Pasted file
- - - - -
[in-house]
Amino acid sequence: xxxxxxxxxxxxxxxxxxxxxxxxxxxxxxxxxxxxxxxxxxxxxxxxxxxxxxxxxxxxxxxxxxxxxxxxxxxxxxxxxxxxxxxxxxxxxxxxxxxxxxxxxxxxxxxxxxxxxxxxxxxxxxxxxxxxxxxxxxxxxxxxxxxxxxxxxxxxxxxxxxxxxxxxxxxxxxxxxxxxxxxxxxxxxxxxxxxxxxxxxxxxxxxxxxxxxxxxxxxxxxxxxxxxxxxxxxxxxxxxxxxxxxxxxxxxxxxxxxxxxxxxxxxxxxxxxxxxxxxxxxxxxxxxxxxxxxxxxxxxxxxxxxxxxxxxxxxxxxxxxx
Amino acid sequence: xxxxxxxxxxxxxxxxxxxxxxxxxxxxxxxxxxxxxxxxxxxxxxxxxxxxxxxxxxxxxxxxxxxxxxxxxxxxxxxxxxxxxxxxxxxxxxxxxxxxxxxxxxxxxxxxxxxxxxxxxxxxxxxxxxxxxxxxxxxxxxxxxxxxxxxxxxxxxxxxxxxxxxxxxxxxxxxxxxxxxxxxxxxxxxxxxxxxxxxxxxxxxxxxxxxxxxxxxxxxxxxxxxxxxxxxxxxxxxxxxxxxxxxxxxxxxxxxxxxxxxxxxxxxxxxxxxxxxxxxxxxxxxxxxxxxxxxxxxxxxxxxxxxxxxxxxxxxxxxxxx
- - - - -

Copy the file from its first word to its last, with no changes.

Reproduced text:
[in-house]
Amino acid sequence: xxxxxxxxxxxxxxxxxxxxxxxxxxxxxxxxxxxxxxxxxxxxxxxxxxxxxxxxxxxxxxxxxxxxxxxxxxxxxxxxxxxxxxxxxxxxxxxxxxxxxxxxxxxxxxxxxxxxxxxxxxxxxxxxxxxxxxxxxxxxxxxxxxxxxxxxxxxxxxxxxxxxxxxxxxxxxxxxxxxxxxxxxxxxxxxxxxxxxxxxxxxxxxxxxxxxxxxxxxxxxxxxxxxxxxxxxxxxxxxxxxxxxxxxxxxxxxxxxxxxxxxxxxxxxxxxxxxxxxxxxxxxxxxxxxxxxxxxxxxxxxxxxxxxxxxxxxxxxxxxxx
Amino acid sequence: xxxxxxxxxxxxxxxxxxxxxxxxxxxxxxxxxxxxxxxxxxxxxxxxxxxxxxxxxxxxxxxxxxxxxxxxxxxxxxxxxxxxxxxxxxxxxxxxxxxxxxxxxxxxxxxxxxxxxxxxxxxxxxxxxxxxxxxxxxxxxxxxxxxxxxxxxxxxxxxxxxxxxxxxxxxxxxxxxxxxxxxxxxxxxxxxxxxxxxxxxxxxxxxxxxxxxxxxxxxxxxxxxxxxxxxxxxxxxxxxxxxxxxxxxxxxxxxxxxxxxxxxxxxxxxxxxxxxxxxxxxxxxxxxxxxxxxxxxxxxxxxxxxxxxxxxxxxxxxxxxx